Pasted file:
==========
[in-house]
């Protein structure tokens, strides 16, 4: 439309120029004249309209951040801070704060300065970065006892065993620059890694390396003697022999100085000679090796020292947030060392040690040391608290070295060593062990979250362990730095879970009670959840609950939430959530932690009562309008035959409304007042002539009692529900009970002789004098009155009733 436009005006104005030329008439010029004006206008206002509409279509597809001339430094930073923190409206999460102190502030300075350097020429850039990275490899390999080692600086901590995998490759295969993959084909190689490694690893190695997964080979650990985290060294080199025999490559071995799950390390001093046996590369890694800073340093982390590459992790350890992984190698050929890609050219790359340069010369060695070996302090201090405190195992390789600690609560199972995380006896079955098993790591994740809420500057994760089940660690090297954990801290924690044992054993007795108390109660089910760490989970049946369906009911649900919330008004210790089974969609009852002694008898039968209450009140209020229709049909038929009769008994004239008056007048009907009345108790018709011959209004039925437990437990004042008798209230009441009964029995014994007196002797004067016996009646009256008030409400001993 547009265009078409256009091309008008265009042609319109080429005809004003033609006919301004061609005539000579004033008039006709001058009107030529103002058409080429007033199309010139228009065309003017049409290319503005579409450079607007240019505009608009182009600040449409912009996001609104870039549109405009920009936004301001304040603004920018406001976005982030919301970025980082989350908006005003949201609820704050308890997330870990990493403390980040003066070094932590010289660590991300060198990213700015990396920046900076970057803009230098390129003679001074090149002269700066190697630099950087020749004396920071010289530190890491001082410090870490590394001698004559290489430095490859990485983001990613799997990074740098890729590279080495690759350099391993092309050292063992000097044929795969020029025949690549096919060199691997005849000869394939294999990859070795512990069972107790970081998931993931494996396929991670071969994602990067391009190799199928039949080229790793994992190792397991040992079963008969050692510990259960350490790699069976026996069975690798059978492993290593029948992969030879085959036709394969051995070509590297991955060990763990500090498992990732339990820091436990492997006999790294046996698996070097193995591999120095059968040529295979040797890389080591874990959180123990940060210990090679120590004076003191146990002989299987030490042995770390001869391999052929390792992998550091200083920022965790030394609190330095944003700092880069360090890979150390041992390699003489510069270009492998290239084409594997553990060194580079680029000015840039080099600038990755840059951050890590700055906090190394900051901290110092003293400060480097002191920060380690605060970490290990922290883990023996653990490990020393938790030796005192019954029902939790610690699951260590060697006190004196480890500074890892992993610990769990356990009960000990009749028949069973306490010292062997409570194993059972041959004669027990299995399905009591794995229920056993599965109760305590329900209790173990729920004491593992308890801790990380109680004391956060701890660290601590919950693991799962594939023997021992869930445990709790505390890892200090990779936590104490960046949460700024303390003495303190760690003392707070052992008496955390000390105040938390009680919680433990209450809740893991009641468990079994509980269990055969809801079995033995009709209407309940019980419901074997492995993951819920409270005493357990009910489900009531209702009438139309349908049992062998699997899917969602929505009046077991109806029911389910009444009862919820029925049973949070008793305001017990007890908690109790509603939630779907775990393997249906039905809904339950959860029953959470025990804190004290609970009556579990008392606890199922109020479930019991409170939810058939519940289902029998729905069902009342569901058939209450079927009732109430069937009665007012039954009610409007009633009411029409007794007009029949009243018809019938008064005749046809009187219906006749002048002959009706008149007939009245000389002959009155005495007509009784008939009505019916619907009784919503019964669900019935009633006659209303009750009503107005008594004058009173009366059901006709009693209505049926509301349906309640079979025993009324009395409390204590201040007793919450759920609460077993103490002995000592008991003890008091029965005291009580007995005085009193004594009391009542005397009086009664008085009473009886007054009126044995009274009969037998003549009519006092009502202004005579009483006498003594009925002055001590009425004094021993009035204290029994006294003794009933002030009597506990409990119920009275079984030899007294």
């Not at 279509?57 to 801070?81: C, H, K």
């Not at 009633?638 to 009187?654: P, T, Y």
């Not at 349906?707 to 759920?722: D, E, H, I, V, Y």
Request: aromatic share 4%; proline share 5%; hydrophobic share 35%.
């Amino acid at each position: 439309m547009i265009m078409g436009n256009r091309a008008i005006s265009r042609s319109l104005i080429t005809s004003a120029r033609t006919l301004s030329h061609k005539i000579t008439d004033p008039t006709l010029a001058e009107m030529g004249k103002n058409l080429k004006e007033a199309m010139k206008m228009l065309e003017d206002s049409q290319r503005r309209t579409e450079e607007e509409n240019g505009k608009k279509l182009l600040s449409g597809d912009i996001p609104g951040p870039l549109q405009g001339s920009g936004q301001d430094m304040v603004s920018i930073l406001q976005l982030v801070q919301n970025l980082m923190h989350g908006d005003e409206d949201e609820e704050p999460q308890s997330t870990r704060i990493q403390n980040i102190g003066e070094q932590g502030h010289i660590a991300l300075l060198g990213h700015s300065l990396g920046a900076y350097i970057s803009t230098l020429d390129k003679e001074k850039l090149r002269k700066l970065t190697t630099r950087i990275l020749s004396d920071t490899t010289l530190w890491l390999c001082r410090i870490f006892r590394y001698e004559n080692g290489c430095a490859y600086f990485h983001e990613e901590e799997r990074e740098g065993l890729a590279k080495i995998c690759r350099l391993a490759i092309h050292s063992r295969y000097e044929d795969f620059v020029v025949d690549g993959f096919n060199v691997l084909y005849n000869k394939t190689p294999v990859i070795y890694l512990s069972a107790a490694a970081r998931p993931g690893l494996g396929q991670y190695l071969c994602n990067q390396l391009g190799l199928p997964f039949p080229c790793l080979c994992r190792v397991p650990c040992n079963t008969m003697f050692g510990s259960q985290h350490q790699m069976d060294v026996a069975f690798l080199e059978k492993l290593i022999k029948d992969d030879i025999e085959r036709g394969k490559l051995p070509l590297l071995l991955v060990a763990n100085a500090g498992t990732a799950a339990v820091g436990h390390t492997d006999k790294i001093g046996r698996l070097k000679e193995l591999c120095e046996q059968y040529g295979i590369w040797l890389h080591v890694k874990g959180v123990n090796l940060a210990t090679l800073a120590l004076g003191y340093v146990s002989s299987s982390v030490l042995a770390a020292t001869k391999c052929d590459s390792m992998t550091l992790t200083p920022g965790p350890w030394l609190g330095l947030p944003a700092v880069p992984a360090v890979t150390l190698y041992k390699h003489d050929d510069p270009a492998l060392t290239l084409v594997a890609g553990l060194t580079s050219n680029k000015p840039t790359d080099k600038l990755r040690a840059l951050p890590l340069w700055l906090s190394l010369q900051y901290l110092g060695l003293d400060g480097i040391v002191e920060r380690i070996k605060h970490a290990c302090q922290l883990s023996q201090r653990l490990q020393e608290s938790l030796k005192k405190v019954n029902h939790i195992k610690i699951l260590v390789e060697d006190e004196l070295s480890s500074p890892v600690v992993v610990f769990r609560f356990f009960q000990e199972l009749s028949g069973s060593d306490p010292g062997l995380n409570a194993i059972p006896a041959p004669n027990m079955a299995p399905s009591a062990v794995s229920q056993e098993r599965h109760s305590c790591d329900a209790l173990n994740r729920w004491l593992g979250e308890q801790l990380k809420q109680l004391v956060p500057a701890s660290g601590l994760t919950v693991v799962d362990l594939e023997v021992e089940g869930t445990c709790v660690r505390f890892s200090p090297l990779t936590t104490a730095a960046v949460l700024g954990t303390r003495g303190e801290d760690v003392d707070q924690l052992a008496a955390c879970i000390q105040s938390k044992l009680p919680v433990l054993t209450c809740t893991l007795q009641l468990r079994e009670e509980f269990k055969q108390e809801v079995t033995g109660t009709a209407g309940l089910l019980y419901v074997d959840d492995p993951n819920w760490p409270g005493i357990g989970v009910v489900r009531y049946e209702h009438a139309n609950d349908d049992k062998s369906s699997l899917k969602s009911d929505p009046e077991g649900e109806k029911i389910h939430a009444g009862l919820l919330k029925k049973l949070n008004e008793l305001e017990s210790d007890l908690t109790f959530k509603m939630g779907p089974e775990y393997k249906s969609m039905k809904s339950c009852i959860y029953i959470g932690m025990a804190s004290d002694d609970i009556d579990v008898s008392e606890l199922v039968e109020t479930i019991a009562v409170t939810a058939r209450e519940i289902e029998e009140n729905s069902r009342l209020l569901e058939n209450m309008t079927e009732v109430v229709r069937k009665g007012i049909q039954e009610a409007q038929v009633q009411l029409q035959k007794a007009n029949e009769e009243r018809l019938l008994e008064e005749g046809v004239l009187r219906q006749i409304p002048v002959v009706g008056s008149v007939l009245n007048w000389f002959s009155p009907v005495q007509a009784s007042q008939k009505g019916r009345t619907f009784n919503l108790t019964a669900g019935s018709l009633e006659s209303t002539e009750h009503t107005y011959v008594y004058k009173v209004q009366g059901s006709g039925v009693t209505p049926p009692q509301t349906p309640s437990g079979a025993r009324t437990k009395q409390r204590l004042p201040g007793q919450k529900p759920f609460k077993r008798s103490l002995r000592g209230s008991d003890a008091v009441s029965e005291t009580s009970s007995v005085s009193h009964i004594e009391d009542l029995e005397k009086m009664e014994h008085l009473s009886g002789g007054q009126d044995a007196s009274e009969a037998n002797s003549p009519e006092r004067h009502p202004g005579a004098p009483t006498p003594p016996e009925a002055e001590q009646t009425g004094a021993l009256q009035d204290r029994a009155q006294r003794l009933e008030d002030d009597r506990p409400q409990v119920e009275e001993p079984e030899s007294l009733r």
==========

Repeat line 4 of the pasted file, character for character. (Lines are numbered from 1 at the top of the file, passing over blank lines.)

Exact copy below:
């Not at 009633?638 to 009187?654: P, T, Y």